What I found was that in nearly every case, the author used around 100 words of description when introducing other characters that may or may not reappear in the story, and around 50 words to describe a character’s clothing, gestures and facial expressions if they did reappear. Secondary characters sometimes required more detail than lesser characters, especially if they were doing something like washing a car or firing a weapon as a chapter opened.

That’s what I learned from studying books that I liked to read. It’s not a formula, but I do use that information as a guideline when I write. Many times, trying to write a good description succinctly has forced me to work harder at using that small block of text to its greatest advantage.

My informal research also turned up the fact that, other than character descriptions, detailed descriptions of setting and action sequences such as gunfights and autopsies could go on for pages. I understand that describing the pathologist’s movements and the tools he uses in dissecting a corpse lends authenticity to the book (and thus, the author), but books I love give me a vivid snapshot without showing me the whole movie. Please stop describing Stryker saws to me every other chapter. I already know more about them than I ever wanted or needed to. There’s that dappled sunlight, again.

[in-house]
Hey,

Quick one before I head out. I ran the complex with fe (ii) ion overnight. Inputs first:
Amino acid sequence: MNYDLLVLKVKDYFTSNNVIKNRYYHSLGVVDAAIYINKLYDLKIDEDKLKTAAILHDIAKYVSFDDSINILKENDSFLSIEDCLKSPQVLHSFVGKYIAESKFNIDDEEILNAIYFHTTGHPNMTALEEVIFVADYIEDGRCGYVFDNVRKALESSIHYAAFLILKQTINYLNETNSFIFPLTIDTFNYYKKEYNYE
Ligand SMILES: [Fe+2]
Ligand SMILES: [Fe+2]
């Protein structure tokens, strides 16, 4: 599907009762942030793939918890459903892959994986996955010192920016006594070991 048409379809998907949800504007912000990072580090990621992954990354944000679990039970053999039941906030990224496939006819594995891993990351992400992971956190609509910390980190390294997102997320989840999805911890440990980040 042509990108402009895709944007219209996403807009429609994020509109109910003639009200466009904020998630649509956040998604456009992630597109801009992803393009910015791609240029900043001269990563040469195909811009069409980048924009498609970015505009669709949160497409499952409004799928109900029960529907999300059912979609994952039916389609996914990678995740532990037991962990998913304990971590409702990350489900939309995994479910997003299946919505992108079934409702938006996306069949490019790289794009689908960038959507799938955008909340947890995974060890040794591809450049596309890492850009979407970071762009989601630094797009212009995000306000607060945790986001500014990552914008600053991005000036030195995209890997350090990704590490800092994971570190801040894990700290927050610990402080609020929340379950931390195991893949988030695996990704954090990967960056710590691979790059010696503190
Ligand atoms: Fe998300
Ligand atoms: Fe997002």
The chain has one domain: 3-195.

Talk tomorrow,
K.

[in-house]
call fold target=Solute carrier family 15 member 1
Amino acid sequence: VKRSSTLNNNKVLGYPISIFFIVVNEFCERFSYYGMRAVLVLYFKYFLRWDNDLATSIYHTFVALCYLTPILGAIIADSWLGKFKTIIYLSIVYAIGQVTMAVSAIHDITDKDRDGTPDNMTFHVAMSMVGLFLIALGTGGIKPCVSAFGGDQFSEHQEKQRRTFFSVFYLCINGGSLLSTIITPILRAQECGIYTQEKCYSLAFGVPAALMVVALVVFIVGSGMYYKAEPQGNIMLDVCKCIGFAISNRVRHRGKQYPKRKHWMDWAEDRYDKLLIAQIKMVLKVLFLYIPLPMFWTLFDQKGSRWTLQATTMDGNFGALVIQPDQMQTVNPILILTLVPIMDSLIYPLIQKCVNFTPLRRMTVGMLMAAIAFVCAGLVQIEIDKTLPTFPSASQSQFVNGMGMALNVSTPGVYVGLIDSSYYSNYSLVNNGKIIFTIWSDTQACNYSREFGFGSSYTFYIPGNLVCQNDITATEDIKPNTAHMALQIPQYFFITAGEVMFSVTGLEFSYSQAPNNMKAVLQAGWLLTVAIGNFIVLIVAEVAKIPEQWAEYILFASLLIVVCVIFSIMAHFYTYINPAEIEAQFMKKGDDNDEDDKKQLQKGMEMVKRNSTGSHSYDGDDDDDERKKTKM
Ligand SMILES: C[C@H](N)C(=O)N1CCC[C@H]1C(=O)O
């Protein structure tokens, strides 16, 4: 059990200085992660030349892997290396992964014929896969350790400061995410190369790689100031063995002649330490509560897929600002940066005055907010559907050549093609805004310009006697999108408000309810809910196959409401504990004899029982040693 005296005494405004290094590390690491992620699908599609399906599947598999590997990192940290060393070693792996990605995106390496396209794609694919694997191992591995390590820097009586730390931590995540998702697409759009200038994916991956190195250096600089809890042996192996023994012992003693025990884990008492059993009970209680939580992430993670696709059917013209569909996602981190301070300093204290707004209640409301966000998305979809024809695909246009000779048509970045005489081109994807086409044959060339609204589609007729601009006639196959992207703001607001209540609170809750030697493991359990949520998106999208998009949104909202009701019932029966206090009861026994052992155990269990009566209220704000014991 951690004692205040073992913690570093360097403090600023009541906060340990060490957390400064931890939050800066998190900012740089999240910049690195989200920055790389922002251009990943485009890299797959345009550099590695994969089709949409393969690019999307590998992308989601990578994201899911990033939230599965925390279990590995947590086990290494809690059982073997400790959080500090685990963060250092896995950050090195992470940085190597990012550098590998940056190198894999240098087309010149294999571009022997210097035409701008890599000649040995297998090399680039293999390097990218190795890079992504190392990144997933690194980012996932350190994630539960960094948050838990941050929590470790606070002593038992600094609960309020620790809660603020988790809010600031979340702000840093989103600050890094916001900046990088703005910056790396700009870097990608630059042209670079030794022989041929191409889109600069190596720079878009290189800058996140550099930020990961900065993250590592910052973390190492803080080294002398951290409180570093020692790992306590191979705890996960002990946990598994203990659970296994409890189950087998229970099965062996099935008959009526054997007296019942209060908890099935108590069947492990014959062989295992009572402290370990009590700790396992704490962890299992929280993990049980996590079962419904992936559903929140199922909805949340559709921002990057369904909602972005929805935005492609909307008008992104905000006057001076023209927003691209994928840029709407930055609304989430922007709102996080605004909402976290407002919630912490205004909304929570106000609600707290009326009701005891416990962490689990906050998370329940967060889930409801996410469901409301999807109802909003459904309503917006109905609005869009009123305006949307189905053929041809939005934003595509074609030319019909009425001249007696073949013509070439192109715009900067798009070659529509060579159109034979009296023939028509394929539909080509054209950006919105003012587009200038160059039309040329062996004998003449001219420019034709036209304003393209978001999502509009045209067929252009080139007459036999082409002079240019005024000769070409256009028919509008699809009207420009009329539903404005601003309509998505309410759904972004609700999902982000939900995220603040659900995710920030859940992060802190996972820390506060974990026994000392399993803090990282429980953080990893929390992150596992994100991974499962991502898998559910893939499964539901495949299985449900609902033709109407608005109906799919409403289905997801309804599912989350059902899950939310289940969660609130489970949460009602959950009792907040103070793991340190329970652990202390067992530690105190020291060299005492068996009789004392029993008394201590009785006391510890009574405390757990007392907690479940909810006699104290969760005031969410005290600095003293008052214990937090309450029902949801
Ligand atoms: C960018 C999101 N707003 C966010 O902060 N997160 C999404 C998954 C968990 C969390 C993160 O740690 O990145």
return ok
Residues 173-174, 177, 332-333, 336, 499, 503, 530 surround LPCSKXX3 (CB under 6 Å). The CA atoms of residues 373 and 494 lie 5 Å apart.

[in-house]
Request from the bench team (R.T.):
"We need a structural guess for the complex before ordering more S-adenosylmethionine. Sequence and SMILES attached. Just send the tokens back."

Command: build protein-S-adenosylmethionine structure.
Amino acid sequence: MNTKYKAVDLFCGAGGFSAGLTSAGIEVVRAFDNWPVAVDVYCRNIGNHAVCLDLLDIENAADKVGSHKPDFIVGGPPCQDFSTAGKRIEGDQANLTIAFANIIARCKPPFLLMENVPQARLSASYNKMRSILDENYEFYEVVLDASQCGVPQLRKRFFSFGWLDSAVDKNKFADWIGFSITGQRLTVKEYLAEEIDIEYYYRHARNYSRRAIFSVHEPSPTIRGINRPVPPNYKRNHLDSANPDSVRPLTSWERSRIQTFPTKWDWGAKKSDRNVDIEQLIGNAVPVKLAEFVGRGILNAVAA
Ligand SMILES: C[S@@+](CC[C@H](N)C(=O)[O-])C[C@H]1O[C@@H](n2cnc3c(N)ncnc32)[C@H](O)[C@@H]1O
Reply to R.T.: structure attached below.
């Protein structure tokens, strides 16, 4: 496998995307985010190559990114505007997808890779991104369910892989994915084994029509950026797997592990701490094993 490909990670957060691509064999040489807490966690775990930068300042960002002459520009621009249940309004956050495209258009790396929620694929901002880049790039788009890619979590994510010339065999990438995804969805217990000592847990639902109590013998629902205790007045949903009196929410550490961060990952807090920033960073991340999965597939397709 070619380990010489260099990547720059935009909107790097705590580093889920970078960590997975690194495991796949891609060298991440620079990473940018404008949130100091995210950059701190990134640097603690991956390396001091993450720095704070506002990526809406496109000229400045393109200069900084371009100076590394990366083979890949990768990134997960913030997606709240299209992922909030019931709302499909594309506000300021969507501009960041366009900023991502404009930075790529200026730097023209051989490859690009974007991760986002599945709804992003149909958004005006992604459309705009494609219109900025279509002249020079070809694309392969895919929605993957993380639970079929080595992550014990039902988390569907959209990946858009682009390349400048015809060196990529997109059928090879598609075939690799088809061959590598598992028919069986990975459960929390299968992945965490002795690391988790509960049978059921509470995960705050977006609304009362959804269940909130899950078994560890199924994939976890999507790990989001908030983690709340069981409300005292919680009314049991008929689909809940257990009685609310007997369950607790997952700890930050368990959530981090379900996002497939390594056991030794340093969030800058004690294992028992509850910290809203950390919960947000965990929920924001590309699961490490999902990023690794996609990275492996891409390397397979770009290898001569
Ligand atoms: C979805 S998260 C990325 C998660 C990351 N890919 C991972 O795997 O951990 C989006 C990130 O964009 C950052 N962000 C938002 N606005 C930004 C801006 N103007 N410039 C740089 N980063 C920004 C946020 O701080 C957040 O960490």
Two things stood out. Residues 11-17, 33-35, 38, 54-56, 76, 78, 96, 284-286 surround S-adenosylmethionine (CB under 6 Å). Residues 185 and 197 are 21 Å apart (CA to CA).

I force myself to write description, because although I know what everything looks like, the audience does not. However, I skim or skip overly long, descriptive passages when I read other peoples’ work. Too many novels have more description than story. It’s like wearing full arctic gear in Miami in June.

If you condensed all that narrative, you might wind up with a lovely, highly readable short story or a novella. With the minute details of descriptive passages gone, most readers will conjure up their own visions.

Why don’t authors trust readers to employ their own imaginations anymore? I’d read every word of a book with less description, because it would be jam-packed with the important stuff. The story.

The Introverted Writer

LimebirdVanessa has a great blog post about writers who may be shy in real life but blossom online.  Take a look! The Introverted Writer.

Nostalgia

Last night, I was thinking about jargon – specifically, newspaper jargon. So much has changed just since I started in the newsroom 30 years ago. Goodness, 30 years ago? My, how time flies!

Well, that’s roughly a generation, isn’t it? I suppose the changes aren’t spectacular when you look at it that way. Still, I don’t like change.